Achieving a life of normalcy is difficult for him, especially when a crazy ex-cop named Larry (played with effective paranoia and angry confusion by Noah Emmerich) decides to create a group whose job it is to scatter the town with leaflets with Ronald’s picture on them.  The film is fascinating in how it deals with the whole arc of the relationship between the bitter and angry Larry and the pathetic Ronald, the former that goes out of his way to hate the sex offender.  Surely, Ronald’s actions are inexcusable, but Larry is also a loser in the way that he tries to antagonize Ronald and his elderly mother.  Ronald did wrong, but does he not deserve a second chance?  The way Larry publicly mocks and chastises him and the time he spends watching his every move is kind of equally sickening.  He's just as sinister as a stocker.

LITTLE CHILDREN is always a strong work in the way that in paints these tragic figures candidly and frankly.  The film overwhelmingly is about the affair of Sarah and Brad and how they let their feelings of isolation within their marriages help feed their lust and longing for one another.  Sarah sure has reasons for wanting to dump her husband (another of the film’s trashy figures in the sense that he becomes addicted to porn sites and is later caught by Sarah masturbating to one of his favourite sites…never a healthy sign of a good, stable husband).  Brad’s spouse, on the other hand, does not have the problems that typifies Sarah’s husband, but she is an icy and dictatorial figurehead in Brad’s life.  She constantly tells him what to do and this suffocates him.  Yes, she is gorgeous and would make any man happy, but Brad wants more than looks; he wants a woman that expresses interest in him for who he is.  Sarah appeases his sensibilities in this regard.  His marriage is too restrictive and domineering.  Like Sarah, he needs release.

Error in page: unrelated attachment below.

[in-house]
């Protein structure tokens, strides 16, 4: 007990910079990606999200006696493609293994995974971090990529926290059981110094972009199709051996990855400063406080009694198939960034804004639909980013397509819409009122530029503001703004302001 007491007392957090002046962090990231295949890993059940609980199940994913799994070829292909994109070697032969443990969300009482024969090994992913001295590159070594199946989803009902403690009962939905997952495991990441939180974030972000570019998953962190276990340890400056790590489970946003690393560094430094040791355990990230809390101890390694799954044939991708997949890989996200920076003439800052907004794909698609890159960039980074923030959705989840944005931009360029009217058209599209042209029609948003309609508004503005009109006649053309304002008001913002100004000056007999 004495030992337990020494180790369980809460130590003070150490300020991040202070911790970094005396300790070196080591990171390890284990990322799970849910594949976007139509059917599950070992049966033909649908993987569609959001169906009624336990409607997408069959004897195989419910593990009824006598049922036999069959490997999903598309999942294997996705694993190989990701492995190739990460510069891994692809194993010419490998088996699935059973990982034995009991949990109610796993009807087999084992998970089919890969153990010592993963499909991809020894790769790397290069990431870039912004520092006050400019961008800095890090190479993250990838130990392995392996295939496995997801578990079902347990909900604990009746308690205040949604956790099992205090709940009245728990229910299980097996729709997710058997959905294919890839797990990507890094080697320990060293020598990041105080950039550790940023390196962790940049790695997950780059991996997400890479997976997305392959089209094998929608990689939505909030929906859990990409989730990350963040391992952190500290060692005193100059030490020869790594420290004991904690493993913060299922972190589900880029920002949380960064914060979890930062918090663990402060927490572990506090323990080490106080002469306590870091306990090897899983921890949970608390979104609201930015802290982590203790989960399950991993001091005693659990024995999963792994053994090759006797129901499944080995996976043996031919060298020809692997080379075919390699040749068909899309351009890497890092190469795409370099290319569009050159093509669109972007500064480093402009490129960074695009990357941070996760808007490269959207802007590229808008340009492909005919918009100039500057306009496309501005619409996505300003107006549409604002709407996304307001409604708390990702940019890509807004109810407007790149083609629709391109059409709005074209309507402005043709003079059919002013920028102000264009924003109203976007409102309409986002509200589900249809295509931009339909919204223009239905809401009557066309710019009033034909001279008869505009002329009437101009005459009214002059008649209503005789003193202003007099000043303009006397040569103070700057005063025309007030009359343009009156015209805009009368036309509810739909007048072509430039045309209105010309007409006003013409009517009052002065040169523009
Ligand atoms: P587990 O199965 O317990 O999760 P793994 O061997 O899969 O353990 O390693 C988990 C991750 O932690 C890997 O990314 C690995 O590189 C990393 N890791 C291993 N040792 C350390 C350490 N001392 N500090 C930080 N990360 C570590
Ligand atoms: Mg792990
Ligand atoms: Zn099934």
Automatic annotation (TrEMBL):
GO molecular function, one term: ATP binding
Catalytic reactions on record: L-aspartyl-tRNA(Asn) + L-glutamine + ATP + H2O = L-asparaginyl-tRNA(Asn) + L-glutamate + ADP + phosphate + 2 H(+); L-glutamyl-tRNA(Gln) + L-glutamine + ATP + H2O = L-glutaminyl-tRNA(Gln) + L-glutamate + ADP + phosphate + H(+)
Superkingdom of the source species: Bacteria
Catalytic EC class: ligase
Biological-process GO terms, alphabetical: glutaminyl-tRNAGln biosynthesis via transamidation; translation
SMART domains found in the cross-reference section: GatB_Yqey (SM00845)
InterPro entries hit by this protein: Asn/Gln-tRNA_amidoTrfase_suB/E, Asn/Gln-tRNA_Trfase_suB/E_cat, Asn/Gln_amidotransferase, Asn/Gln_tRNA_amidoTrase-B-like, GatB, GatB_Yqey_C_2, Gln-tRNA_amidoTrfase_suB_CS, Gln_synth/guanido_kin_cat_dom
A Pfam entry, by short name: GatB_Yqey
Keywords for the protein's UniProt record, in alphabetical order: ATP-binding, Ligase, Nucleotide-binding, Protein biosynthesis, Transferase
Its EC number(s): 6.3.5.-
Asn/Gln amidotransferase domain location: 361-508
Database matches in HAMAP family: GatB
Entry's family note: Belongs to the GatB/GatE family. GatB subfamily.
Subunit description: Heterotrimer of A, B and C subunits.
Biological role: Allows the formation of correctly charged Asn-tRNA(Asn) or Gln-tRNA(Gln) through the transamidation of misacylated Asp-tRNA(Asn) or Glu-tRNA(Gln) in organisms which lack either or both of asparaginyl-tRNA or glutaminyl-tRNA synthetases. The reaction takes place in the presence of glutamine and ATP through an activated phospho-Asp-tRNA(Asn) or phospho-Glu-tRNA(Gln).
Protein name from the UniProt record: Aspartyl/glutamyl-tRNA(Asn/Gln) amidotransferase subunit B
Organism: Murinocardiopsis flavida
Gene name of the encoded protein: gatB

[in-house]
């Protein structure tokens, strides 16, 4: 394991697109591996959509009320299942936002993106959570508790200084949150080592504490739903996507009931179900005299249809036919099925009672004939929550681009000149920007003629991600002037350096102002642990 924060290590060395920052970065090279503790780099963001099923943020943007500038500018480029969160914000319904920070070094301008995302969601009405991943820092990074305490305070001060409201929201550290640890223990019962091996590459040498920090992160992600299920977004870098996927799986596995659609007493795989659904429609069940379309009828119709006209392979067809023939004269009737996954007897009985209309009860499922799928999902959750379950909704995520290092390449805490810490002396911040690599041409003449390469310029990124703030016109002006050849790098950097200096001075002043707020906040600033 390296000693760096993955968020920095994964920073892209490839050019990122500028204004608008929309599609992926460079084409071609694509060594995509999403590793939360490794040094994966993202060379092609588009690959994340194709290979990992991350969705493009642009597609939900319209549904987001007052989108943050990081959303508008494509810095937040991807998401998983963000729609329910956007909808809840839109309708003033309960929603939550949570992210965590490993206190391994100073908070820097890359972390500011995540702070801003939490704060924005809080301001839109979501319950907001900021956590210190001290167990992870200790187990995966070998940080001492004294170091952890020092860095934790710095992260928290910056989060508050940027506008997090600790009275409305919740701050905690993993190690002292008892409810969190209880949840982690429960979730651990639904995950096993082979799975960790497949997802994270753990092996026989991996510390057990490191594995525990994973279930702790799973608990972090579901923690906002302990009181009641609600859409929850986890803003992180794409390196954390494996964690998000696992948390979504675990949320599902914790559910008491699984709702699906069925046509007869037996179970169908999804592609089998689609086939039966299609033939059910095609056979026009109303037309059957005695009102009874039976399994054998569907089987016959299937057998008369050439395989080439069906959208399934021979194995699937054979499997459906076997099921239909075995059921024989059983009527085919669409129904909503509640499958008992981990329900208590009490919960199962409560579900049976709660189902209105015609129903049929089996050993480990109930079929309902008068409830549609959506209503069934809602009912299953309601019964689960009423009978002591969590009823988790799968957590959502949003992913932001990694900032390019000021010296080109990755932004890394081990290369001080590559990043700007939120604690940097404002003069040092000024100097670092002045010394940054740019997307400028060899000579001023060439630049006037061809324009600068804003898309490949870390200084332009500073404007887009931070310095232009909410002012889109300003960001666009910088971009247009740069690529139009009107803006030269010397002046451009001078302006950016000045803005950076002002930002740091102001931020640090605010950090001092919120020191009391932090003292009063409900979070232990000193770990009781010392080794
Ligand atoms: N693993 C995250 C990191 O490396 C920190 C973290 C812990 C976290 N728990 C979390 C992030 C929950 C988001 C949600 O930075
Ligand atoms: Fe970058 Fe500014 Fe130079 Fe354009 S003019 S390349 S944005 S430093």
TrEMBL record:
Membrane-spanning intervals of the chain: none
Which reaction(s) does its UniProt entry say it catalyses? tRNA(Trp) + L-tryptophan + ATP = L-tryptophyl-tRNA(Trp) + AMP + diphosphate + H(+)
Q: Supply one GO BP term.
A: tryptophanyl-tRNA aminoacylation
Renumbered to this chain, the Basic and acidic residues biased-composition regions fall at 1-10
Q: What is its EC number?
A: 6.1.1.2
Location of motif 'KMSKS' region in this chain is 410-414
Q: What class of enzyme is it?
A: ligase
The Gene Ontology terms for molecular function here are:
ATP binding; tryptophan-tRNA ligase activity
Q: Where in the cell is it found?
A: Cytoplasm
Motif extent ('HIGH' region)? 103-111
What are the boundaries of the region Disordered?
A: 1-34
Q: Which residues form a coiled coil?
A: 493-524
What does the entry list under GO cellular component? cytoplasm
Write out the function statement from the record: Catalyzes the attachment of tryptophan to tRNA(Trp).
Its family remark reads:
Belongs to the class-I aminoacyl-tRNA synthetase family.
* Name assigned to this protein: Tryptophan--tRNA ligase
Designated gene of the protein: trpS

Perhaps the film’s strongest asset is the way all of the actor’s don’t get into a rut of playing their roles with broad and simplistic strokes.  This goes for everyone, from the adulterers to the sex offender.  Winslet is so magnificent at honing in Sarah’s sense of inner despair and emotional chaos that she is able to generate our understanding without our instant sympathy with her plight.  The same is also true for Patrick Wilson, who plays a role somewhat similar to the one he played in one of 2006’s best films, HARD CANDY, albeit to a greater depravity.  In that film he also played a character that was morally reprehensible.  In LITTLE CHILDREN he again displays his underrated range at portraying unsavory characters that are layered and textured.  With his work in both films, Wilson could take claim to break out performer of the year.